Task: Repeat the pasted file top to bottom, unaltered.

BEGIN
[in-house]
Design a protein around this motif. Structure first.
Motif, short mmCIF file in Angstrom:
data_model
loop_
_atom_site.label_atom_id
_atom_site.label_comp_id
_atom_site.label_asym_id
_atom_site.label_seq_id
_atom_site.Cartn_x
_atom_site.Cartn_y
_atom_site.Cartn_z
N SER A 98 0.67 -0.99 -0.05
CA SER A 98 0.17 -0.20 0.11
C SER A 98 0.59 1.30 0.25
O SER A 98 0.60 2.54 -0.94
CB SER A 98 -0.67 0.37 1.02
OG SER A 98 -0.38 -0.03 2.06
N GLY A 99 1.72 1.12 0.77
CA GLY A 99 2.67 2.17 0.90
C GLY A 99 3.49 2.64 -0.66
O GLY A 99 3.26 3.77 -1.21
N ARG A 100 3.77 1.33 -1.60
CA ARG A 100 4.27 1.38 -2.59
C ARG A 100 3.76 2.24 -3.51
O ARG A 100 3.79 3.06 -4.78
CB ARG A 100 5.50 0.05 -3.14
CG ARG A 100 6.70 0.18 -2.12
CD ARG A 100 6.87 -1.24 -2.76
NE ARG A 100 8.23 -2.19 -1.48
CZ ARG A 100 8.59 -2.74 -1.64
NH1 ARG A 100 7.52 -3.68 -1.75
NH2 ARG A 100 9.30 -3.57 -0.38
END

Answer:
[in-house]
Design a protein around this motif. Structure first.
Motif, short mmCIF file in Angstrom:
data_model
loop_
_atom_site.label_atom_id
_atom_site.label_comp_id
_atom_site.label_asym_id
_atom_site.label_seq_id
_atom_site.Cartn_x
_atom_site.Cartn_y
_atom_site.Cartn_z
N SER A 98 0.67 -0.99 -0.05
CA SER A 98 0.17 -0.20 0.11
C SER A 98 0.59 1.30 0.25
O SER A 98 0.60 2.54 -0.94
CB SER A 98 -0.67 0.37 1.02
OG SER A 98 -0.38 -0.03 2.06
N GLY A 99 1.72 1.12 0.77
CA GLY A 99 2.67 2.17 0.90
C GLY A 99 3.49 2.64 -0.66
O GLY A 99 3.26 3.77 -1.21
N ARG A 100 3.77 1.33 -1.60
CA ARG A 100 4.27 1.38 -2.59
C ARG A 100 3.76 2.24 -3.51
O ARG A 100 3.79 3.06 -4.78
CB ARG A 100 5.50 0.05 -3.14
CG ARG A 100 6.70 0.18 -2.12
CD ARG A 100 6.87 -1.24 -2.76
NE ARG A 100 8.23 -2.19 -1.48
CZ ARG A 100 8.59 -2.74 -1.64
NH1 ARG A 100 7.52 -3.68 -1.75
NH2 ARG A 100 9.30 -3.57 -0.38